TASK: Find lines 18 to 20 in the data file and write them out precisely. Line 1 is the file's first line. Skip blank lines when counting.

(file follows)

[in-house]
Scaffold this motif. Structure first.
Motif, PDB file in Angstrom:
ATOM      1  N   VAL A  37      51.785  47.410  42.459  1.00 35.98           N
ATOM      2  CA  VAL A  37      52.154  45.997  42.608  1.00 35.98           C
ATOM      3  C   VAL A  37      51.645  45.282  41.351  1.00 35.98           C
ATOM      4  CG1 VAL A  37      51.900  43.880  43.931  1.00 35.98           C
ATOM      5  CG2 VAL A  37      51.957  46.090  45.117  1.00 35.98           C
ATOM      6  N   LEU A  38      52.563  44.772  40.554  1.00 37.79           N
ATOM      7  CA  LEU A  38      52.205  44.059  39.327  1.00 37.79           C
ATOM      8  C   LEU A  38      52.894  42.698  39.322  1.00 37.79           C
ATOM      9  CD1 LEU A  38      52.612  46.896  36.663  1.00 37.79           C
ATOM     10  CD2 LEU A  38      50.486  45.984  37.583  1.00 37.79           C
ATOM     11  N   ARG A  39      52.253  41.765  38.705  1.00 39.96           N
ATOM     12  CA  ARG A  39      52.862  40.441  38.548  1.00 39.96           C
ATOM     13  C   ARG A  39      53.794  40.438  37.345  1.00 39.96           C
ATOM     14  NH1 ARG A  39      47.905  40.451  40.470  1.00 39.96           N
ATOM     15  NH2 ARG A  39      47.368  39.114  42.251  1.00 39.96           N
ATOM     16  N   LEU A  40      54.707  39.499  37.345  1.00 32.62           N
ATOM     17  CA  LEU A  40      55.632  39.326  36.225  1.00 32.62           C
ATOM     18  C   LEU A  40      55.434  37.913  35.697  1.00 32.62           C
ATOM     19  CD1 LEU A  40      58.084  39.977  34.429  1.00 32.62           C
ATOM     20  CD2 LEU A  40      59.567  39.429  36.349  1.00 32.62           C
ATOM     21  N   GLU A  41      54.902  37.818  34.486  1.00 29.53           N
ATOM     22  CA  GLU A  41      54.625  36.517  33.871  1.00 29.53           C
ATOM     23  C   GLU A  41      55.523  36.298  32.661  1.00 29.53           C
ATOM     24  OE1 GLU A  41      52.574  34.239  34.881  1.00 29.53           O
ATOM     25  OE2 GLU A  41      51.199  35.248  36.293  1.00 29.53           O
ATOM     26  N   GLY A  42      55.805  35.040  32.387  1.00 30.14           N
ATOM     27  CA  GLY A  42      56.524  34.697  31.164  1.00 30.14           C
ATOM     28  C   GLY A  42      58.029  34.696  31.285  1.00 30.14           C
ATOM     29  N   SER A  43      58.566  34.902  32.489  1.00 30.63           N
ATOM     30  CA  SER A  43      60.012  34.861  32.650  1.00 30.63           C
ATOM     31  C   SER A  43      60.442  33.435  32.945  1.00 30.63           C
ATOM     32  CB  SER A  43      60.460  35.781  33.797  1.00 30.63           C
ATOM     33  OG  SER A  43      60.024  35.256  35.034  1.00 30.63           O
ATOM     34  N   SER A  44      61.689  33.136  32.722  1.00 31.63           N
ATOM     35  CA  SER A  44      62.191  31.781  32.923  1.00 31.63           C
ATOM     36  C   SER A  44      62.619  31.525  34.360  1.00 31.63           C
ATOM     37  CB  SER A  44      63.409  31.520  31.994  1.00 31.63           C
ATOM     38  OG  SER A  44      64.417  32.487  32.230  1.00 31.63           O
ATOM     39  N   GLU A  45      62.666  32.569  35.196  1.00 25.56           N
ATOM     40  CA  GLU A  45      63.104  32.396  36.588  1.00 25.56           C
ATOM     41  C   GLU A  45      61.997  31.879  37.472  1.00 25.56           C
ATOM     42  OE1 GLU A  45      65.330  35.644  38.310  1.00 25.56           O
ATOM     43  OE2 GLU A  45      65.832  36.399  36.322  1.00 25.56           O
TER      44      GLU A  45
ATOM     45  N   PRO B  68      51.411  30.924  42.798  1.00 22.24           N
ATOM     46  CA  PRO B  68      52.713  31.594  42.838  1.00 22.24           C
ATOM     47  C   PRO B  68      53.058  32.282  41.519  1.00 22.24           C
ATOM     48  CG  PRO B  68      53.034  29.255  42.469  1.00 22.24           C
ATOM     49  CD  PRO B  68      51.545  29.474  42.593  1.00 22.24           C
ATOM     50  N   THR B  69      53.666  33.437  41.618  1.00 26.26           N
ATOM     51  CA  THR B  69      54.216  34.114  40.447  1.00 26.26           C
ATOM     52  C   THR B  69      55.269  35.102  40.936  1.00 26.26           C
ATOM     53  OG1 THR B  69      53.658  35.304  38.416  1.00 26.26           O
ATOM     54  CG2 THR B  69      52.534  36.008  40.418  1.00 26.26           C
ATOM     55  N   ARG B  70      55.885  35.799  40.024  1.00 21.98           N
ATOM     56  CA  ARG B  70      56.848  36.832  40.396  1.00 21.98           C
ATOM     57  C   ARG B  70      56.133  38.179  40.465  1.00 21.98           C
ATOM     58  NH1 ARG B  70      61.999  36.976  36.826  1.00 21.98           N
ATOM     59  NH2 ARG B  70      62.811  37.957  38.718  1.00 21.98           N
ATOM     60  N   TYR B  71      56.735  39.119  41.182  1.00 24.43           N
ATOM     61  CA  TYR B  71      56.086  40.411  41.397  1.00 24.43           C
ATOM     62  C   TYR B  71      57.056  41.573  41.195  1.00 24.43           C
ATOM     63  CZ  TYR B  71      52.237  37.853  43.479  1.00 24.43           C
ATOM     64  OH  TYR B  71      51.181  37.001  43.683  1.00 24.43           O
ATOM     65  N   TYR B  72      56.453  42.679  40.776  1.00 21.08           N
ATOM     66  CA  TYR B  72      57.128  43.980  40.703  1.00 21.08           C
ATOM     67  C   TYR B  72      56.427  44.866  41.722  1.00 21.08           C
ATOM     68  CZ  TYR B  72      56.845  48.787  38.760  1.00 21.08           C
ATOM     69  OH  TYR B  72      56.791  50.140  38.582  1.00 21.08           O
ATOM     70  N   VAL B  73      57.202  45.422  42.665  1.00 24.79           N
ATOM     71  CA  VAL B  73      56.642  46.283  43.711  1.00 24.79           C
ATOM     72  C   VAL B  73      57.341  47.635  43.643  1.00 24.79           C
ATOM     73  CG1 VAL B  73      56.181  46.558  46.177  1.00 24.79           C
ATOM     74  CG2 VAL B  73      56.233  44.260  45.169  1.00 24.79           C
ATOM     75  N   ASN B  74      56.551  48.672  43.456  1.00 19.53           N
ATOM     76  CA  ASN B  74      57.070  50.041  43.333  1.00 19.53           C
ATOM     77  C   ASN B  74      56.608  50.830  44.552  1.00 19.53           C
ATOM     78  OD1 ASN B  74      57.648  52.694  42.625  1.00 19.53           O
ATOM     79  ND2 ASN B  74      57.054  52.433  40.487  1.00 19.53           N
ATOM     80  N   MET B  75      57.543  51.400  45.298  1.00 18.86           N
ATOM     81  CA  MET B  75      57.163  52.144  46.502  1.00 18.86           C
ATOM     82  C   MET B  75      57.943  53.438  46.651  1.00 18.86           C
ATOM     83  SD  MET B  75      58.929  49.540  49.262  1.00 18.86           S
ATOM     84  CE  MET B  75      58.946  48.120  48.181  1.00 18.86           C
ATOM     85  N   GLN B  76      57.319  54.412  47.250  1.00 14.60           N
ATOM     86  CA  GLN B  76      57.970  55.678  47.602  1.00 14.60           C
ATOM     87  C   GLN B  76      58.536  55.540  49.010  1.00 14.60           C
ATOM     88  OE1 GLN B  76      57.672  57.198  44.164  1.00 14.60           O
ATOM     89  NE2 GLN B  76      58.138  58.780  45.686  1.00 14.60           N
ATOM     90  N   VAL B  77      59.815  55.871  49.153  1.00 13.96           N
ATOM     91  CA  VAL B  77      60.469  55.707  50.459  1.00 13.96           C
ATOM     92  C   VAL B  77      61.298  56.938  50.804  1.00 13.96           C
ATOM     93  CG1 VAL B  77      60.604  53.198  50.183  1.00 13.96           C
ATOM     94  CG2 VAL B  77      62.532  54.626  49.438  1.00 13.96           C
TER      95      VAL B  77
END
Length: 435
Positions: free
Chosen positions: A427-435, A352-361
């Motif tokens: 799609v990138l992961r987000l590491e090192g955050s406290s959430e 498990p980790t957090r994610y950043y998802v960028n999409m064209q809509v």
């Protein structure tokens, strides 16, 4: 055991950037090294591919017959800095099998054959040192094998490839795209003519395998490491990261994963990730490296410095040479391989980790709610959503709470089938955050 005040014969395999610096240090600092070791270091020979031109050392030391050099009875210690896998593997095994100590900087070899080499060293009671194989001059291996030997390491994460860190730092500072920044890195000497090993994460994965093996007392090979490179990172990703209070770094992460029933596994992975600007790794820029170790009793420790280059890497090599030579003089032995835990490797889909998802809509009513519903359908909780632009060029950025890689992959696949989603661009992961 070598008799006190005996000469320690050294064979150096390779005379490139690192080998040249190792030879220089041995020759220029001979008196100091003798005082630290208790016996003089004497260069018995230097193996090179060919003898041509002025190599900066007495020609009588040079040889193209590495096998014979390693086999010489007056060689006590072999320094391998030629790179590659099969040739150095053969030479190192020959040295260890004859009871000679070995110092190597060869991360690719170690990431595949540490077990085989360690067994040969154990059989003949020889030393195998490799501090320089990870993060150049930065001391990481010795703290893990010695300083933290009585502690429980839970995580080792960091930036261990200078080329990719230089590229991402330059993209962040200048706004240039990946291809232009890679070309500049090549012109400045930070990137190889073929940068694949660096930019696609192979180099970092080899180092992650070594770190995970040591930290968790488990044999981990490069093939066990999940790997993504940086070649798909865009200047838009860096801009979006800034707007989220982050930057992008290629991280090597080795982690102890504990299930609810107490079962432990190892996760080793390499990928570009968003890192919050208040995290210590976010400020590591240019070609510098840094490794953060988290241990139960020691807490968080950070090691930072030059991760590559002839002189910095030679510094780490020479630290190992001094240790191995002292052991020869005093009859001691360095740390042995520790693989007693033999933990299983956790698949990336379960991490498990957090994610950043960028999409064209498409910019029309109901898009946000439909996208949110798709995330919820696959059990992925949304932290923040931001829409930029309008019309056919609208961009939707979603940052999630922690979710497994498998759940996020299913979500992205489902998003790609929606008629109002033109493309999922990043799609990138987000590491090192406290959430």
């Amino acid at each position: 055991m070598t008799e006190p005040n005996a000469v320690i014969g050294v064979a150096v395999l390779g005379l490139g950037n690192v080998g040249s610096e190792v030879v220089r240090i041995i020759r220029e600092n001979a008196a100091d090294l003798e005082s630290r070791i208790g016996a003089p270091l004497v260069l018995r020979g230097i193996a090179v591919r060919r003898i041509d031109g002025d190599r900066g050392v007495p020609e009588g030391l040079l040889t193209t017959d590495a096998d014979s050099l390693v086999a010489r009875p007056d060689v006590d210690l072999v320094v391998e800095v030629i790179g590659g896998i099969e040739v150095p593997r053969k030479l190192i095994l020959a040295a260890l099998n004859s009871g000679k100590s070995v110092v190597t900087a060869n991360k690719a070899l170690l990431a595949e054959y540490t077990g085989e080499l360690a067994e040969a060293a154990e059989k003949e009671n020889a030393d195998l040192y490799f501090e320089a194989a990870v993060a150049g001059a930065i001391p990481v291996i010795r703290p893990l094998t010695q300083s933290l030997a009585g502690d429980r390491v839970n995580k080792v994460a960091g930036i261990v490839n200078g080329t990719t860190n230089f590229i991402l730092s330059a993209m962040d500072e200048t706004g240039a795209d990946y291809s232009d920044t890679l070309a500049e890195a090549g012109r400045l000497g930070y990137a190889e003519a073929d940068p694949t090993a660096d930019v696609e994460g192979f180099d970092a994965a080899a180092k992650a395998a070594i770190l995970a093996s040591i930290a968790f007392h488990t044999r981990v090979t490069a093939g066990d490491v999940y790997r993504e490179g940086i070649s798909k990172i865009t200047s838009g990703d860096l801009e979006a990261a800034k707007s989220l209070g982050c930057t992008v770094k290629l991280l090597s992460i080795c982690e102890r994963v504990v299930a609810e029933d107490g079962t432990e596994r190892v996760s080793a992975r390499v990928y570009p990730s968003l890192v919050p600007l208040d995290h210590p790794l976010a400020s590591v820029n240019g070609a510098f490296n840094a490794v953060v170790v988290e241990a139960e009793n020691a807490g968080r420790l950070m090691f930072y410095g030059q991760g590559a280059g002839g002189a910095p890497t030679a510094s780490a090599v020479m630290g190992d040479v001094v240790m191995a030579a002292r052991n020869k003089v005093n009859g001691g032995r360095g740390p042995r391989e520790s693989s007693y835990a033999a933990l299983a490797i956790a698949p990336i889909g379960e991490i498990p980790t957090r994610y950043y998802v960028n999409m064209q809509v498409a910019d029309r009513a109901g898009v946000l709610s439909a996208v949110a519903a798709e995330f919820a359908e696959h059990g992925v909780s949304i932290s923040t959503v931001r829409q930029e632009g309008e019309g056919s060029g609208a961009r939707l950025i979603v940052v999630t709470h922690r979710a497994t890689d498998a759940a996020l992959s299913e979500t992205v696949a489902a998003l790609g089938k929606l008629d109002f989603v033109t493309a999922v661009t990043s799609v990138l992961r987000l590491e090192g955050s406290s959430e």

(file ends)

ATOM     15  NH2 ARG A  39      47.368  39.114  42.251  1.00 39.96           N
ATOM     16  N   LEU A  40      54.707  39.499  37.345  1.00 32.62           N
ATOM     17  CA  LEU A  40      55.632  39.326  36.225  1.00 32.62           C